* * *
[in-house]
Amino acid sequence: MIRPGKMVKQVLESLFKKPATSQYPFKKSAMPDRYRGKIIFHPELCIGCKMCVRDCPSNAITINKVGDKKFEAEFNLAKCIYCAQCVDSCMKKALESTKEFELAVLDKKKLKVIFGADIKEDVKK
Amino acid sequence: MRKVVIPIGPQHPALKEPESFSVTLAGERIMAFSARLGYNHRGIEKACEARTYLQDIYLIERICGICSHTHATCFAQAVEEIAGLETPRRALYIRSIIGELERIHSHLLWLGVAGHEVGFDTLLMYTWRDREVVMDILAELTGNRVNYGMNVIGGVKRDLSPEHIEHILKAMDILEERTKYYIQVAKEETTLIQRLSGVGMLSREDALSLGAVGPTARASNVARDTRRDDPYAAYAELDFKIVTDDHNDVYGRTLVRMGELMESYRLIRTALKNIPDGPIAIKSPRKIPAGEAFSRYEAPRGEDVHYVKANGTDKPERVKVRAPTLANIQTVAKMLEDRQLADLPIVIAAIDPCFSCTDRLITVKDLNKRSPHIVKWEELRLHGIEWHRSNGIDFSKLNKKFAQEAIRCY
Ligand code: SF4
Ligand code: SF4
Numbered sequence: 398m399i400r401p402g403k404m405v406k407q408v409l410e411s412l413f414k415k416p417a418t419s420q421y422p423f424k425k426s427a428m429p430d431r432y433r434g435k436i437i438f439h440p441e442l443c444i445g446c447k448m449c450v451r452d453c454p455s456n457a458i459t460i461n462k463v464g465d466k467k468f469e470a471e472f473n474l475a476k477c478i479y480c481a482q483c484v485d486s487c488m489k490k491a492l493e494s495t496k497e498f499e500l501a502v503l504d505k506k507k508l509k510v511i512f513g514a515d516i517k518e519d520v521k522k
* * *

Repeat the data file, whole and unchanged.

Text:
[in-house]
Amino acid sequence: MIRPGKMVKQVLESLFKKPATSQYPFKKSAMPDRYRGKIIFHPELCIGCKMCVRDCPSNAITINKVGDKKFEAEFNLAKCIYCAQCVDSCMKKALESTKEFELAVLDKKKLKVIFGADIKEDVKK
Amino acid sequence: MRKVVIPIGPQHPALKEPESFSVTLAGERIMAFSARLGYNHRGIEKACEARTYLQDIYLIERICGICSHTHATCFAQAVEEIAGLETPRRALYIRSIIGELERIHSHLLWLGVAGHEVGFDTLLMYTWRDREVVMDILAELTGNRVNYGMNVIGGVKRDLSPEHIEHILKAMDILEERTKYYIQVAKEETTLIQRLSGVGMLSREDALSLGAVGPTARASNVARDTRRDDPYAAYAELDFKIVTDDHNDVYGRTLVRMGELMESYRLIRTALKNIPDGPIAIKSPRKIPAGEAFSRYEAPRGEDVHYVKANGTDKPERVKVRAPTLANIQTVAKMLEDRQLADLPIVIAAIDPCFSCTDRLITVKDLNKRSPHIVKWEELRLHGIEWHRSNGIDFSKLNKKFAQEAIRCY
Ligand code: SF4
Ligand code: SF4
Numbered sequence: 398m399i400r401p402g403k404m405v406k407q408v409l410e411s412l413f414k415k416p417a418t419s420q421y422p423f424k425k426s427a428m429p430d431r432y433r434g435k436i437i438f439h440p441e442l443c444i445g446c447k448m449c450v451r452d453c454p455s456n457a458i459t460i461n462k463v464g465d466k467k468f469e470a471e472f473n474l475a476k477c478i479y480c481a482q483c484v485d486s487c488m489k490k491a492l493e494s495t496k497e498f499e500l501a502v503l504d505k506k507k508l509k510v511i512f513g514a515d516i517k518e519d520v521k522k